Journey to the Homeland Tour 1999 Photos

Journey to the Homeland Tour
Sponsored by the North Dakota State University Libraries, Fargo

Photographs by Ken Grenz, Spring Hill, Kansas

Photos - Set 1

In Alt-Postal, the old German Lutheran Church still stands. It was used as a community center during the Soviet Era, and now a Baptist congregation worships in the building.
Ken Grenz in front of home determined on the 1905 platte as the Johann Scherbenske home. Ken's great-great grandfather, Elias Scherbenske, was born in Alt-Postal, perhaps at this location.
The current resident of the once Johann Scherbenske property proudly demonstrating her large hof keller (root cellar).
Richard Olenburg and wife with Ken Grenz. The Olenburgs re-located to this re-settlement from Kazakhstan about seven years ago. The re-settlement is on the edge of Peterstal (Liebental Enclave) located near Odessa, Ukraine.
Re-settlement housing at the edge of Peterstal for ethnic Germans coming from Kazakhstan, Siberia and other locations in the former Soviet Union.
A typical German house in the community of Peterstal. We learned that the homes in Peterstal do not date farther back than the 1900s. German houses are characterized by their steep roof pitch, long and narrow structure, and one or two small windows in the gable. The back side generally has few windows.
An old German public building, perhaps the German church, is being redeveloped into an Orthodox church in Peterstal.
Lilac bushes at the German cemetery thought to be that of Annental. German cemeteries can be spotted by lilac bushes.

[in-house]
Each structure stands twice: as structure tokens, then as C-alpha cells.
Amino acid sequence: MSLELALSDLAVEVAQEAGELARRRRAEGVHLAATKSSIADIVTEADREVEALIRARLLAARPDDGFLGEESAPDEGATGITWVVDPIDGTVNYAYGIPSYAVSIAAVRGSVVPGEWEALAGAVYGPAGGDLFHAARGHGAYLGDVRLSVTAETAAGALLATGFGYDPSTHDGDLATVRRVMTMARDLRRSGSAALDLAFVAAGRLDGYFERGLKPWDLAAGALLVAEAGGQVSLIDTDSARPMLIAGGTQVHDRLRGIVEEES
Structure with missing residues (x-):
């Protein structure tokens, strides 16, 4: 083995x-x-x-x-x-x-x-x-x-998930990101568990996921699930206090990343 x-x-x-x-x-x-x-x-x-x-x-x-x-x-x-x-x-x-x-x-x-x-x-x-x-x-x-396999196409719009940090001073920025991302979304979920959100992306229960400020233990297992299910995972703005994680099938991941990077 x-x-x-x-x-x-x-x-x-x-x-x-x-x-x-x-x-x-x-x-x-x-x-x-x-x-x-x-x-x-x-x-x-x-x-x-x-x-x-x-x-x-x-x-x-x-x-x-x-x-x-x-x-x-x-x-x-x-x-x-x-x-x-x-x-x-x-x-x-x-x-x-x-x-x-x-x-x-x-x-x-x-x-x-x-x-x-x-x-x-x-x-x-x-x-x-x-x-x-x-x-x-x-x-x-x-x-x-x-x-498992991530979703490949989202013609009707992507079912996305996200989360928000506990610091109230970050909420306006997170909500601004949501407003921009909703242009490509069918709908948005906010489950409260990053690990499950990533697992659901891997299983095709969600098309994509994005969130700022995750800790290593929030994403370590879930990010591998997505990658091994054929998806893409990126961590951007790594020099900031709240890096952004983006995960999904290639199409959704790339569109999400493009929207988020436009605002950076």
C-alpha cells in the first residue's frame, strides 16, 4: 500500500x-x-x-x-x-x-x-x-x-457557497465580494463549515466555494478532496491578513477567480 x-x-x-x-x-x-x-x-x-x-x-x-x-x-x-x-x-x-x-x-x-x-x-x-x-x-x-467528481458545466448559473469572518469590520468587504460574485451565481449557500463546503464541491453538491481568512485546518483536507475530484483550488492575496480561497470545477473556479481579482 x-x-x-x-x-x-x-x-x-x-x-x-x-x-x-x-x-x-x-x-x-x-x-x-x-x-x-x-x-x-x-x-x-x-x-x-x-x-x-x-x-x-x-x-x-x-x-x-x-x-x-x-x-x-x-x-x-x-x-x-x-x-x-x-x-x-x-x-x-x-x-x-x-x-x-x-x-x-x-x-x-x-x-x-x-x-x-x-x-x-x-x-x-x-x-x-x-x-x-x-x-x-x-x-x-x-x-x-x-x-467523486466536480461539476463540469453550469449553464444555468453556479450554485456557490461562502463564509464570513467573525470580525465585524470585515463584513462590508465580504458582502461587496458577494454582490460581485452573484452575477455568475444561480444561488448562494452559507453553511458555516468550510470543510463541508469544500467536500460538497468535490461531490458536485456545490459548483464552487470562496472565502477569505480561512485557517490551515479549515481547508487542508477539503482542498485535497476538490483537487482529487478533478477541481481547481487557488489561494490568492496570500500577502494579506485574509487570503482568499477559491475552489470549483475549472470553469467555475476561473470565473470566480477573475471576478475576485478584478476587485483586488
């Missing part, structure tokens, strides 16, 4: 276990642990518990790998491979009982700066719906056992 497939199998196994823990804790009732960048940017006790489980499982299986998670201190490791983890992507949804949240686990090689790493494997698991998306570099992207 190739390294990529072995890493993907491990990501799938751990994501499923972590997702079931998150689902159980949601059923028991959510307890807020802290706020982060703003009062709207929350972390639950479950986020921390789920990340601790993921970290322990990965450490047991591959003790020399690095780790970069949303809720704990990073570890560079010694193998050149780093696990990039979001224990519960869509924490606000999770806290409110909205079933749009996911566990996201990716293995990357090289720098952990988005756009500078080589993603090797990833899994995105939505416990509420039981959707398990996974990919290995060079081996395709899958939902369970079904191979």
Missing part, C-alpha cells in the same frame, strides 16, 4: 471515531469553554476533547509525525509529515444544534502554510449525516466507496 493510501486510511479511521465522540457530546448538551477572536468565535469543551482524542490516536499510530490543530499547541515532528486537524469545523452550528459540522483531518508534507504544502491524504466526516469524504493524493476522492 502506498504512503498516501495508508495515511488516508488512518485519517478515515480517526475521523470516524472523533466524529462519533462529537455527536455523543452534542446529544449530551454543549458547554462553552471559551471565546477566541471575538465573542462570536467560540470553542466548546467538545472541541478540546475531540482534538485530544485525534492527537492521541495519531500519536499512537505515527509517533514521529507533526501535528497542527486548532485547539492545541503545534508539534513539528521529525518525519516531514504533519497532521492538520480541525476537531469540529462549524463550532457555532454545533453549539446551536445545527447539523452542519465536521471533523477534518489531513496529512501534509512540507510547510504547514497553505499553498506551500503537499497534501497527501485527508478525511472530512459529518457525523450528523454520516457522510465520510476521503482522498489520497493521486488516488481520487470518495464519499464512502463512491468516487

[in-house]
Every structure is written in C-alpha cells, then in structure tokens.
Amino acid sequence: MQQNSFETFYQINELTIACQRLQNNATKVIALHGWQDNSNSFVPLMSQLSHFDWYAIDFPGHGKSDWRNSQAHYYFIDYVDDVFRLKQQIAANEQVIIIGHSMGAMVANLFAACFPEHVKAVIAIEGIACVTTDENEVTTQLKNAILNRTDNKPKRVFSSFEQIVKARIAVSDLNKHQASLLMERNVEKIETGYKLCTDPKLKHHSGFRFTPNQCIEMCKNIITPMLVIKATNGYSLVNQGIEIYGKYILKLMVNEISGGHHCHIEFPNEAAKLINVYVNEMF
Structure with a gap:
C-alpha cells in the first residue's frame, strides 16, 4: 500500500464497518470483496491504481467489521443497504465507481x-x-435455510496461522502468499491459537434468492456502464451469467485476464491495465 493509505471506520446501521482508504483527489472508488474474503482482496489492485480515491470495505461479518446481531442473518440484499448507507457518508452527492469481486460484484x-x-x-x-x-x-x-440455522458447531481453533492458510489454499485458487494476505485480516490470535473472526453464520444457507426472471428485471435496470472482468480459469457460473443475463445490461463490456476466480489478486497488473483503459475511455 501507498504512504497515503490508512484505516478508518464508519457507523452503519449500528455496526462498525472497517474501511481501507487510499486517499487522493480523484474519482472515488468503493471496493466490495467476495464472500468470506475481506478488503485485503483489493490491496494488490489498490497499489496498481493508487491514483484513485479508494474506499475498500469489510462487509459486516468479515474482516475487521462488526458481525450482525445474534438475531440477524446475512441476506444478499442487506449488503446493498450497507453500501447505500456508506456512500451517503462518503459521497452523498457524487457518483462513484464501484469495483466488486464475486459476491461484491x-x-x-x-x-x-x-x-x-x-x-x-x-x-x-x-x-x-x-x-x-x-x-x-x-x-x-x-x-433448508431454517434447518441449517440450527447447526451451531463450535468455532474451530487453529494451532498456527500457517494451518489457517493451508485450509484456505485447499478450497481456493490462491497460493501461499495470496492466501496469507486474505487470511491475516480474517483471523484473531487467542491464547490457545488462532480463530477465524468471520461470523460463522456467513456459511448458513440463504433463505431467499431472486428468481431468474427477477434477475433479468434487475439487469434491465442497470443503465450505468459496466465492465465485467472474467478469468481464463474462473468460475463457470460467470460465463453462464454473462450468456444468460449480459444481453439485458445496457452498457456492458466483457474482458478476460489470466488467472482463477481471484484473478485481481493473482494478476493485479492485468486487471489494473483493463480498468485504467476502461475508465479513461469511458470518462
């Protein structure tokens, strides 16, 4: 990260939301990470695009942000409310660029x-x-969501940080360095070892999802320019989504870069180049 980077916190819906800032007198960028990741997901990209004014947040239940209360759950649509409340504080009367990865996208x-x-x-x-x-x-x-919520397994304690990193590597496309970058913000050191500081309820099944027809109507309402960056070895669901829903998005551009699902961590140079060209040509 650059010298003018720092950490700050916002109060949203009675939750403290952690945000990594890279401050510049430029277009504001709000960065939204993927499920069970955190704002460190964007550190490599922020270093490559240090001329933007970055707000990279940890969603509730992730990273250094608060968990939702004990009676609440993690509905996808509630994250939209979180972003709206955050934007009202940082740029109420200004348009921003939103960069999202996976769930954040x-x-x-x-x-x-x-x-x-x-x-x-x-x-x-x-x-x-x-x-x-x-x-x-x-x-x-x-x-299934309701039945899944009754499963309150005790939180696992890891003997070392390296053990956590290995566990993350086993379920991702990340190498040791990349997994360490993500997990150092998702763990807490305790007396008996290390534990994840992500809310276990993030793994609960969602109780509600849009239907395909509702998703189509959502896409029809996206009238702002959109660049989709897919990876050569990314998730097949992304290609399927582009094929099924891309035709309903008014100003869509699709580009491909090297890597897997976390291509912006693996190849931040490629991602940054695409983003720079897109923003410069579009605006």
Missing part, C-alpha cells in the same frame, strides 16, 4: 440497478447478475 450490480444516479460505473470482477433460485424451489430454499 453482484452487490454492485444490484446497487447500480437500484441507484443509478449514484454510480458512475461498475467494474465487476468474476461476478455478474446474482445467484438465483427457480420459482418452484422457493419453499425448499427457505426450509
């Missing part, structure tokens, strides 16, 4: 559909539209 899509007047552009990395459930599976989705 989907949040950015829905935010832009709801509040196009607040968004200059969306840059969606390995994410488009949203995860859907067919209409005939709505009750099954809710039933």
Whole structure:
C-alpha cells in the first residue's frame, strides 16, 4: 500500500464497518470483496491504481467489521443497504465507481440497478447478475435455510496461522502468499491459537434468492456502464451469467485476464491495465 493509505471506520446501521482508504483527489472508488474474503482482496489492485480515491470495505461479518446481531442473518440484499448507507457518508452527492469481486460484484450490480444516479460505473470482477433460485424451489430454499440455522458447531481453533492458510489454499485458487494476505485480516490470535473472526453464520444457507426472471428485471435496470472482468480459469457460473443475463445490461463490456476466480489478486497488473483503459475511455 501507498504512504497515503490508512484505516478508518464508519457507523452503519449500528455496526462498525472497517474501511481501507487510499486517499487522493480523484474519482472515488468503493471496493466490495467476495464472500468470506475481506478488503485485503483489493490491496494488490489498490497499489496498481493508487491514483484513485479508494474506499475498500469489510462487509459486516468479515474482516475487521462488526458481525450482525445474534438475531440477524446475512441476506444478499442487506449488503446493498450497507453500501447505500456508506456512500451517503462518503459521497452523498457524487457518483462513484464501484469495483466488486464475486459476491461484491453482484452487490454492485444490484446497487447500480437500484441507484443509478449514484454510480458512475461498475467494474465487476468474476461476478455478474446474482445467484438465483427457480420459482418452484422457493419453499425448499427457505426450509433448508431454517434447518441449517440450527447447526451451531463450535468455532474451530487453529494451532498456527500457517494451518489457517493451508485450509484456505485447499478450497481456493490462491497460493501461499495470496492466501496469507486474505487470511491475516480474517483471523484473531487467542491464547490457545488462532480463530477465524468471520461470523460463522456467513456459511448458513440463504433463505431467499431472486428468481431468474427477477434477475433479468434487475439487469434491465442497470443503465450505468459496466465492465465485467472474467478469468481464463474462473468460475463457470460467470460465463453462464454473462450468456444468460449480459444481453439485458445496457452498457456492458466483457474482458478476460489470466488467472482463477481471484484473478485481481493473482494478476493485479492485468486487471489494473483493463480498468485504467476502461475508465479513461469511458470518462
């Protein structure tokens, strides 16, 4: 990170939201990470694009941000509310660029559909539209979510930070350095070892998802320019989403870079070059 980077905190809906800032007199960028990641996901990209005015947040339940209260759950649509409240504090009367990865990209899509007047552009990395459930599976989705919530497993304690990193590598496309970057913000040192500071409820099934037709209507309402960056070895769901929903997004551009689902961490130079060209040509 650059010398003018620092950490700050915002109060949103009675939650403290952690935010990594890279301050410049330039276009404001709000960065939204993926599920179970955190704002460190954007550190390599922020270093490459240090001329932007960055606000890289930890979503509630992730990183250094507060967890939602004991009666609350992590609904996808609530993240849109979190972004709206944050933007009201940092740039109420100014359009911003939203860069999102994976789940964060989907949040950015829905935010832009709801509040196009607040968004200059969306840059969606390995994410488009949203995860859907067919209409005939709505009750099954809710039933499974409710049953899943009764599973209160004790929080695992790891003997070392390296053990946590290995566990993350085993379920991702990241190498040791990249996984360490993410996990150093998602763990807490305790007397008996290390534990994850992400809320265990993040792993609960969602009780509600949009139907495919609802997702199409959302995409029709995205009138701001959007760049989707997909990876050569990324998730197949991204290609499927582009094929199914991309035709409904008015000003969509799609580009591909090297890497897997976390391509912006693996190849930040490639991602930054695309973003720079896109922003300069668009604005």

Ruins of the large Catholic church at Selz (Kutschurgan Enclave).
A marker at the Tepliz cemetery honoring the colonists and settlers 1817 - 1940. The markers was placed by Bessarabian Germans living in Germany.
"Hier ruhen im Gott..." (Here rest in God...), a very weathered limestone marker in the cemetery at Guldendorf. Guldendorf residents acquired the limestone for buildings leaving large tunnels which led to the freshwater estuary nearby. The tunnels were used as wine cellars.
Jeanette Schroeder Grenz, Jan Neuharth Gruhn, Dean Sane, and Dr. Ralph Tarnasky inside the ruins of the church in Selz (Kutschurgan Enclave), near Odessa, Ukraine.
Ruins of the large former Catholic church at Mannheim (Kutschurgan Enclave). Some churches as this were simply closed and allowed to deteriorate during the Soviet Era.
Rev. Allen Wagner (above) helps tie yarn on quilts made by his English Lutheran Church's ladies group. (Photo by Ervin Schielke, Beulah, ND)
Ukrainian orphange residents proudly display the quilts they received as gifts from North Dakota "grandmas." (Photo by Michael M. Miller, Fargo, ND)
Quilt project coordinators Vi Schielke, Beulah (left), and her sister, Arlene Kruckenberg Knutson, a member of English Lutheran Church in Tuttle, display quilts prepared by their fellow quilting friends. (Photo by Michael M. Miller, Fargo, ND)
Ramona Kasanke, Ardith Thompson and Violet Pulver piece together their quilting squares. (Photos by Ervin Schielke, Beulah, ND)
Left to right: Quilt "Zappers" from Immanuel Lutheran Church in Zap include (from left): Back--Ellen Renner, LaVerna Unruh, Wilma Lang, Marilyn Engbrecht and Ruth Sailer. Front--Ramona Kasanke, Hertha Scott, Alma Buehlink, Ardith Thompson, Violet Pulver and Donna Olson.

Reprinted with permission of the North Dakota REC/RTC Magazine (

Permission to use any images from the GRHC website may be requested by contacting Michael M. Miller